…so important that we didn’t even proofread our rivacy policy.
I’m hopeful that they apply more due care to how they administer their policy, but fear it’s like a dirty restaurant bathroom. If they don’t bother to take care of what the public sees, what are they doing in the kitchen?
From “Commercial Terms of Service – Charter Communications.” Thanks to Lanet-Geek for the pointer.
There’s a bunch of folks out there who are advocating for publishing all SSNs, and so wanted to point out (courtesy of Michael Froomkin’s new article on Government Data Breaches ) that it would be illegal to do so.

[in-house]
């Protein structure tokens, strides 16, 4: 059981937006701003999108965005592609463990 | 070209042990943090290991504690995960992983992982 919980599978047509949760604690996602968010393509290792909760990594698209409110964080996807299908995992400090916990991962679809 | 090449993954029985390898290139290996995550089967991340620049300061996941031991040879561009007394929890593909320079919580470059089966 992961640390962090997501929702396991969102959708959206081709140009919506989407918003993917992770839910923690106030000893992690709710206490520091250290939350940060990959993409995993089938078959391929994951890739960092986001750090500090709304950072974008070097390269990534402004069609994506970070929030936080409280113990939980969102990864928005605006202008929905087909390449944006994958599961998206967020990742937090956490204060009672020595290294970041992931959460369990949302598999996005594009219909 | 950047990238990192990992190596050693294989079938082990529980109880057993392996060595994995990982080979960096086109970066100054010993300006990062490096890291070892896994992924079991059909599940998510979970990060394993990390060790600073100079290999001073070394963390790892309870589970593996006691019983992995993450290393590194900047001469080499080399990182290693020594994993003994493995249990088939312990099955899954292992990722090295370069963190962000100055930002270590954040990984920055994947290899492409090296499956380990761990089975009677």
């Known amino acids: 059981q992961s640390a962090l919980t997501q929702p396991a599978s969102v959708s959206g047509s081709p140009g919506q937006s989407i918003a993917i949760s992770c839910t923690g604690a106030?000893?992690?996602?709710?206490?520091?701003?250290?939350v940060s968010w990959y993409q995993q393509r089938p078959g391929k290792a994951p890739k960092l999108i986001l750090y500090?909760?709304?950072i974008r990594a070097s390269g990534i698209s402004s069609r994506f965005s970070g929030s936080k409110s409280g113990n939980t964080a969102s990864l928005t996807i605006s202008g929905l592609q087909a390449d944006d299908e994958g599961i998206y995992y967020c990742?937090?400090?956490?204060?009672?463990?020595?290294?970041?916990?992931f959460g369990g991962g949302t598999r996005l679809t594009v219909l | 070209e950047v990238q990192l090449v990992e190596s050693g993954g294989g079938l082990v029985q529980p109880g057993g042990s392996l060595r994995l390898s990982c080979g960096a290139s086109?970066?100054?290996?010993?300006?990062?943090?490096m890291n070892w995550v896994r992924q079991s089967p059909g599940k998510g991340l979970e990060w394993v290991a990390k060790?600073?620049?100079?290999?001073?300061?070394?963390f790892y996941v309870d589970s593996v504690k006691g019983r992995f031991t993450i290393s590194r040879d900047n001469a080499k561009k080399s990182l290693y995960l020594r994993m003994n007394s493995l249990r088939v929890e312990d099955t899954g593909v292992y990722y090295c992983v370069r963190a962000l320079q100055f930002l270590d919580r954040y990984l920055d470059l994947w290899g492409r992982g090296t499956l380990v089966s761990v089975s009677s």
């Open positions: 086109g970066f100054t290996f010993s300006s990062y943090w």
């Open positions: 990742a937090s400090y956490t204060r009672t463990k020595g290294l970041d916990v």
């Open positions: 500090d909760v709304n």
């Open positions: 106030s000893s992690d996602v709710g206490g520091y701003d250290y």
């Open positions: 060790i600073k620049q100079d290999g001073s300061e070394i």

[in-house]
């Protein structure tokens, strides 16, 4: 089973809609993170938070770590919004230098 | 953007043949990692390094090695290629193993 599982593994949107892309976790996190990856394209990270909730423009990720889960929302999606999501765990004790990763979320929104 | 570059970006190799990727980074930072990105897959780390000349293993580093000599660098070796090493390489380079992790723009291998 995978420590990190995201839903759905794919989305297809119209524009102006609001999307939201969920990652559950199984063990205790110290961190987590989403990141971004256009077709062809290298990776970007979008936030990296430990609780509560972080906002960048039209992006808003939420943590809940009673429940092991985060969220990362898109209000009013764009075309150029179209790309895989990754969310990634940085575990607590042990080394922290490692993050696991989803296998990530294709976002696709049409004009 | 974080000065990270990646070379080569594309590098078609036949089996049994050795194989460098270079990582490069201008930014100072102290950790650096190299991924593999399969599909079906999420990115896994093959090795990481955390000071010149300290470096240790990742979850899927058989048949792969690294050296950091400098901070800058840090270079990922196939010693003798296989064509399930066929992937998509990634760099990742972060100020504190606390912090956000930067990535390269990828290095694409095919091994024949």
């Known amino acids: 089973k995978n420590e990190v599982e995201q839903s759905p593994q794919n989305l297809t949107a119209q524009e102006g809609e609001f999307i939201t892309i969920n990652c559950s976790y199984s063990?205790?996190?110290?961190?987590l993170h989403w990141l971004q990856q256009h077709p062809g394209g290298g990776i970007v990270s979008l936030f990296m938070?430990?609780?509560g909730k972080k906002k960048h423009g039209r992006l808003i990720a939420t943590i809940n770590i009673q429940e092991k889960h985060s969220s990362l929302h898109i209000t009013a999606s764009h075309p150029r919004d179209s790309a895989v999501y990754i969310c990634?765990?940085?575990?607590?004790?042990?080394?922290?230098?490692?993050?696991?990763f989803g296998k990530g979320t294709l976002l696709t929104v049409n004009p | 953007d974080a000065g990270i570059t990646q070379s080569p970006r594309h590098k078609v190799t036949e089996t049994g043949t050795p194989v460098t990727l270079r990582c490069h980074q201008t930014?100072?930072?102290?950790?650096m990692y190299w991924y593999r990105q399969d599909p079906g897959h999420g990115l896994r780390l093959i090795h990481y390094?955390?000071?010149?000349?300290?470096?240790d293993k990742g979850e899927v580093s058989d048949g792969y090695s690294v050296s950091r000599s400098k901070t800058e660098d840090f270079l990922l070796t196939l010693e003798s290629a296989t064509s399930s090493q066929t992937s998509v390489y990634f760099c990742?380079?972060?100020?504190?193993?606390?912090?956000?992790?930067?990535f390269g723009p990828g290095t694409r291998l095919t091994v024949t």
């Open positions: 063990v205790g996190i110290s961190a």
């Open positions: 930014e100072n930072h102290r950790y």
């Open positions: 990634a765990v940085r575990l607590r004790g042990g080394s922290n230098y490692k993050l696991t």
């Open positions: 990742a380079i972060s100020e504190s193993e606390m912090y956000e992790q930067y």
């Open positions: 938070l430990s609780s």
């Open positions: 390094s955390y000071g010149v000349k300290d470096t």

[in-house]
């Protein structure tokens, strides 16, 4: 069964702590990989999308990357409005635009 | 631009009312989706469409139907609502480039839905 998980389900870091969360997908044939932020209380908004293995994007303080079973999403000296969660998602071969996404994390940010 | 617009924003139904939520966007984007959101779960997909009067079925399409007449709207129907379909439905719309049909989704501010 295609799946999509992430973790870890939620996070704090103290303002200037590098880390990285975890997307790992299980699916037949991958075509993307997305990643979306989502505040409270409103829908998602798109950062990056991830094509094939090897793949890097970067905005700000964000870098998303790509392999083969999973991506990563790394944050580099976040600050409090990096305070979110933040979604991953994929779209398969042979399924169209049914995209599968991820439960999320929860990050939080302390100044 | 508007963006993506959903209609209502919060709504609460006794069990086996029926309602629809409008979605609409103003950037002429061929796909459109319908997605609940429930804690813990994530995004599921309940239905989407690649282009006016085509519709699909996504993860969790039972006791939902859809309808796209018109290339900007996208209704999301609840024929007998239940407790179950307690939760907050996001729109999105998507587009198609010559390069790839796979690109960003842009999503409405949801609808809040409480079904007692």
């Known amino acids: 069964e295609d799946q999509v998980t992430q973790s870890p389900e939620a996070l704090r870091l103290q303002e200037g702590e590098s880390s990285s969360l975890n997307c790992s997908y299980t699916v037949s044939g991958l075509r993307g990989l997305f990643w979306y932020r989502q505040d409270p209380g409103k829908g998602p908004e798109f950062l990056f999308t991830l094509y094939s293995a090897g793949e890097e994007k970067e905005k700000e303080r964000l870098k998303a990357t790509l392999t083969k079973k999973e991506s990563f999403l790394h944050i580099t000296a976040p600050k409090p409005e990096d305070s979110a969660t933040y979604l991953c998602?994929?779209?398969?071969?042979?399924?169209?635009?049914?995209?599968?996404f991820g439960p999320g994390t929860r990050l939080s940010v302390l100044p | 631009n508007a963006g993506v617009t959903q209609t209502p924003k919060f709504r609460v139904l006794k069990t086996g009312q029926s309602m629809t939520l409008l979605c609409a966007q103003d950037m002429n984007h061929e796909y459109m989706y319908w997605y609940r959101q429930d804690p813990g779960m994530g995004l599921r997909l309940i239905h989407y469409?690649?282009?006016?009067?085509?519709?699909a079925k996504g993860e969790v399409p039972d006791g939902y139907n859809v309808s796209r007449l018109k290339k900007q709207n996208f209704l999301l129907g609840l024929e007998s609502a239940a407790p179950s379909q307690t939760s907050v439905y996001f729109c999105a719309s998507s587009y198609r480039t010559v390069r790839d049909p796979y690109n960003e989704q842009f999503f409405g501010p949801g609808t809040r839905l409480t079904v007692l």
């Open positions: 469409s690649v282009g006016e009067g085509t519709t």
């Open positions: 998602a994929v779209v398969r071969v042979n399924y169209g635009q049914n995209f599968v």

42 USC § 405(c)(2)(C)(viii) reads:
(viii)(I) Social security account numbers and related records that are obtained or maintained by authorized persons pursuant to any provision of law enacted on or after October 1, 1990, shall be confidential, and no authorized person shall disclose any such social security account number or related record.
Which doesn’t impact on your policy analysis, but since you need to advocate for a law being changed, we might as well advocate for the right law, rather than a change you hope will have certain effects.
In my view, the right law is one that says that reliance on the SSN for authentication or authorization purposes shall be presumed negligent.
Oh, and Froomkin’s article is delightful too. Take a look.
Today is Ada Lovelace Day, an international day of blogging to celebrate the achievements of women in technology and science.